I wrote this piece a few months ago at the invitation of The New Atlantis. It was supposed to be one of a collection of responses to a polemical essay that they published last year on the parlous state of modern science by Dan Sarewitz. But the publication was delayed so, I have decided to go ahead and publish now.
Update (30 Nov 2017): My response has now been published, alongside those of several other other correspondents and a reply from Sarewitz. These help to amplify and clarify some of the key points of the debate and make for very interesting reading, even if we have all yet to reach an agreed conclusion.
In an essay published in The New Atlantis last year under the provocative title ‘Saving Science‘, Dan Sarewitz pulled no punches. He took exception to the post-war settlement based on Vannevar Bush’s 1945 claim that “Scientific progress on a broad front results from the free play of free intellects, […] in the manner dictated by their curiosity for the exploration of the unknown.” To Sarewitz, who is Professor of Science and Society at Arizona State University, the “great lie” of the power of curiosity-led inquiry has corrupted the scientific enterprise by separating it from the technological problems that have been responsible since the Industrial Revolution for guiding science “in its most productive directions and providing continual tests of its validity, progress, and value.” “Technology keeps science honest,” is Sarewitz’s claim. Without it, science has run too great a risk of being “infected with bias,” and now finds itself in a state of “chaos” where “the boundary between objective truth and subjective belief appears, gradually and terrifyingly, to be dissolving.”
Those are bruising words. Sarewitz has some important points to make about the interaction of science with the outside world (a theme he returned to in a more recent Guardian article), but the fevered rhetoric of ‘Saving Science seemed to me to dull his analytical edge.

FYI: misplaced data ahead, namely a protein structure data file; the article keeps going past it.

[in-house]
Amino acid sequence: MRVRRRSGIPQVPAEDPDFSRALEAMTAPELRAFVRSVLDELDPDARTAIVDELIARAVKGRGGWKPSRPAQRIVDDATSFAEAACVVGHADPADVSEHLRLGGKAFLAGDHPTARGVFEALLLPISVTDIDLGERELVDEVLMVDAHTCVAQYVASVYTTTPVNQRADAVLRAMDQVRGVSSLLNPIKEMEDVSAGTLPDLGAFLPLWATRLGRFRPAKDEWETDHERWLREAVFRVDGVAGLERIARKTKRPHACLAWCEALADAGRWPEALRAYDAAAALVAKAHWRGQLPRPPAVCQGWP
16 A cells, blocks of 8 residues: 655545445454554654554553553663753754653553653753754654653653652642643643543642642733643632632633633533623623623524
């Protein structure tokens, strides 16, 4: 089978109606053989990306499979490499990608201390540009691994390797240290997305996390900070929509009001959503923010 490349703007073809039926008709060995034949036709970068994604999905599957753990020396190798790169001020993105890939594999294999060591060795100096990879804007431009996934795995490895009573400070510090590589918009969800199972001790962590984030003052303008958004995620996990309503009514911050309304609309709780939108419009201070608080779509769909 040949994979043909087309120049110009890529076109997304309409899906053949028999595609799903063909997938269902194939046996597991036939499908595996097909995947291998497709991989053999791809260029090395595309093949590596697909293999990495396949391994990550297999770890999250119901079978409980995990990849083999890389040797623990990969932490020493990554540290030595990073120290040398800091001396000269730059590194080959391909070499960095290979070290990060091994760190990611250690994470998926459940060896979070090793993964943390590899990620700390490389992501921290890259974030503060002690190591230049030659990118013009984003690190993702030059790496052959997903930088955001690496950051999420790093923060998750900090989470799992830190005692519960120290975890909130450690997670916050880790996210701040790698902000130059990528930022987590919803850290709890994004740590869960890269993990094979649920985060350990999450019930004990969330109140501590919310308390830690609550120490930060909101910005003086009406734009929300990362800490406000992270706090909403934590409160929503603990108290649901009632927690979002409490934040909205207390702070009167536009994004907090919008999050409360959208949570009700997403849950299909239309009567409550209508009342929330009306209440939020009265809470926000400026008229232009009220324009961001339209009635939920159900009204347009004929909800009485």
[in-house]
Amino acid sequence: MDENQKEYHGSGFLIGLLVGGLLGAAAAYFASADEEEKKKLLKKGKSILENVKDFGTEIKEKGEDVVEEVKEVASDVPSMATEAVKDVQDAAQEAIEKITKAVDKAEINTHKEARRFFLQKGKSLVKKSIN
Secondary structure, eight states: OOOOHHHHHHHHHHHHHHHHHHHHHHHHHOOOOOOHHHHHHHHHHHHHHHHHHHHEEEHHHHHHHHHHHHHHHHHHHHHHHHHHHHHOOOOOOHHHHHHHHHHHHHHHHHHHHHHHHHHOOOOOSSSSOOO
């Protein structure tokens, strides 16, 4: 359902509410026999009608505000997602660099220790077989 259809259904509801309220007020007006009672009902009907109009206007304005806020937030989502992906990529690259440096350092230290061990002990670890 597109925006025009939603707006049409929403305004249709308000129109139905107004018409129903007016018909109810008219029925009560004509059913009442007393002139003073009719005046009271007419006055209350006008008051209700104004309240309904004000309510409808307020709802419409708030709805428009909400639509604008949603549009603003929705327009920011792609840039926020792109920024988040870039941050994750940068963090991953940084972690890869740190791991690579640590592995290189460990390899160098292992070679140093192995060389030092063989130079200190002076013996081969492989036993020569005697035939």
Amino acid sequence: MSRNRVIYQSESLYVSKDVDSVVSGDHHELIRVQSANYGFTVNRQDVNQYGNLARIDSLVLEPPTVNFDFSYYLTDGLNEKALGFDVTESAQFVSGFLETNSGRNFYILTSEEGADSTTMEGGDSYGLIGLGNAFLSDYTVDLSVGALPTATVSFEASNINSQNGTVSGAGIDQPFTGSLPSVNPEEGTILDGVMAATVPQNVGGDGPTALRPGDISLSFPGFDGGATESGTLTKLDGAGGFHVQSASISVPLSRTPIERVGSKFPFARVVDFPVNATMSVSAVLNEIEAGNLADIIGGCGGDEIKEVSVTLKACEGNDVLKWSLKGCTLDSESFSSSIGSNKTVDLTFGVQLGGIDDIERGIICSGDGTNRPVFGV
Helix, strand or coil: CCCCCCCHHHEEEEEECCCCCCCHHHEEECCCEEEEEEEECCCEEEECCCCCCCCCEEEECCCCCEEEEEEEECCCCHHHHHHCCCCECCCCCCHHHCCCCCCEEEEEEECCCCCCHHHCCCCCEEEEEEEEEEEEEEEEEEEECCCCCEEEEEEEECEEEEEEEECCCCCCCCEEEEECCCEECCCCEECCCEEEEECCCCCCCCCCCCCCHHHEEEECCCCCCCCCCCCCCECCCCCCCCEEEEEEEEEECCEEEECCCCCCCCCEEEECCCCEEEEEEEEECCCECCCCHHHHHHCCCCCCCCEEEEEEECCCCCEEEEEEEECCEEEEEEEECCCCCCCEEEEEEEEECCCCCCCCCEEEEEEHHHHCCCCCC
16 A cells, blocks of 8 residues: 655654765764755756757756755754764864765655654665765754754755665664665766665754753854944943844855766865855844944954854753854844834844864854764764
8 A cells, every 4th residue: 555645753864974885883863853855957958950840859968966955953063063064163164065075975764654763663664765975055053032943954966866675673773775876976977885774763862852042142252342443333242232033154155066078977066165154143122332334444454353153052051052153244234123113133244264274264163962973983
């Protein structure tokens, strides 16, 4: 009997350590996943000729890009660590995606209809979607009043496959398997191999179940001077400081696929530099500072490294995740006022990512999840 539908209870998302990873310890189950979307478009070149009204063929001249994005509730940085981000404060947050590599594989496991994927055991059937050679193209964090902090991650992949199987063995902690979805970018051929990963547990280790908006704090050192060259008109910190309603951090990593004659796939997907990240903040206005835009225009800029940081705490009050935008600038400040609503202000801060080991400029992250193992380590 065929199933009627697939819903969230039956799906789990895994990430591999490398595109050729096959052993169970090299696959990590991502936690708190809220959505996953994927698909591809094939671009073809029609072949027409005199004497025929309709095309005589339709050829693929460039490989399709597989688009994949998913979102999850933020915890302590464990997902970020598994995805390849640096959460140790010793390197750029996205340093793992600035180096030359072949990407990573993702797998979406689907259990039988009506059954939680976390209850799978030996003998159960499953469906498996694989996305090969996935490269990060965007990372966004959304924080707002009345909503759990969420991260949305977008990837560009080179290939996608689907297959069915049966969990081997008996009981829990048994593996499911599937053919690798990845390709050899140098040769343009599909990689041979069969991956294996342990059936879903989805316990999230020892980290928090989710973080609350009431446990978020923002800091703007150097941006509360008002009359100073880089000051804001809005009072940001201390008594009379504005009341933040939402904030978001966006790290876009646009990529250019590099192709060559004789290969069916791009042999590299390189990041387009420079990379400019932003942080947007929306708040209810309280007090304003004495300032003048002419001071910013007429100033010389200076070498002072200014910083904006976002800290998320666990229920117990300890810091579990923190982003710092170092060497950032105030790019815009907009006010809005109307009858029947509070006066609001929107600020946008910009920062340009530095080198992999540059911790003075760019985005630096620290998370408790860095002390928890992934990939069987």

Sarewitz is right to draw attention to the complex interplay between science and technology; and to the energising effects on science of the demands of governments, industry, and commerce to make solve problems. These interactions are under-appreciated in some scientific quarters. He raises valid questions about the publish-or-perish culture within academic research that yields too work that is uncited work or of questionable reliability. And his criticism of the tendency in biomedical research sometimes to fixate on animal models at the expense of progress in clinical research hits some valid targets.
In the end, however, Sarewitz overplays his hand. Technology has certainly been a powerful driving force in scientific productivity. Yes, it can keep science honest because there is no better test than a product, a process or a medical treatment that just works. But in Sarewitz’s telling, curiosity-driven research has produced just two fundamental advances of transformational power in the last century: quantum mechanics and genomics. To do so, he has to overlook a plethora of blues skies breakthroughs, such as the theory of evolution, antibiotics, plate tectonics, nuclear fission and fusion, the X-ray methods that cracked the structures of DNA and proteins, and monoclonal antibodies, that have been profoundly influential culturally and economically. At the same time, he underplays the stringency of the reality check that experiment and observation place on the free play of free intellects. It seems to me that both roads make for interesting journeys, even if can often be difficult to decide which is truly the more rewarding.
Sarewitz has every right to question how far scientists should be permitted to roam free from the demands of the societies that fund them But I can’t accept his prognosis science must be directed because, apart from a couple of particular examples that both involve management by the military, he doesn’t say how.
The oversight of science is quite properly a preoccupation of governments – as major funders – even if it raises perennially contentious issues of freedom and responsibility for the research community. But Sarewitz’s prescription of management by technology to keep science honest is too simplistic, for reasons that emerge – unconsciously? – in his discussion of ‘trans-science’. To Sarewitz, trans-science is research into questions about systems that are too complex for science to answer – things like the brain, a species, a classroom, the economy, or the climate. But missing from this list is science itself, and the social, political, and industrial ecosystems in which it operates. Unarguably, these are issues and phenomena of huge complexity and importance.
So, how are we to figure out how best to make science work? This remains an important question for all of society. Polemic may be great for stirring debate, but the answer lies in the closely argued detail. I suggest we proceed on all sides by respecting the evidence, acknowledging our limitations, and renewing our determination to improve the connections between science and the world beyond laboratory walls.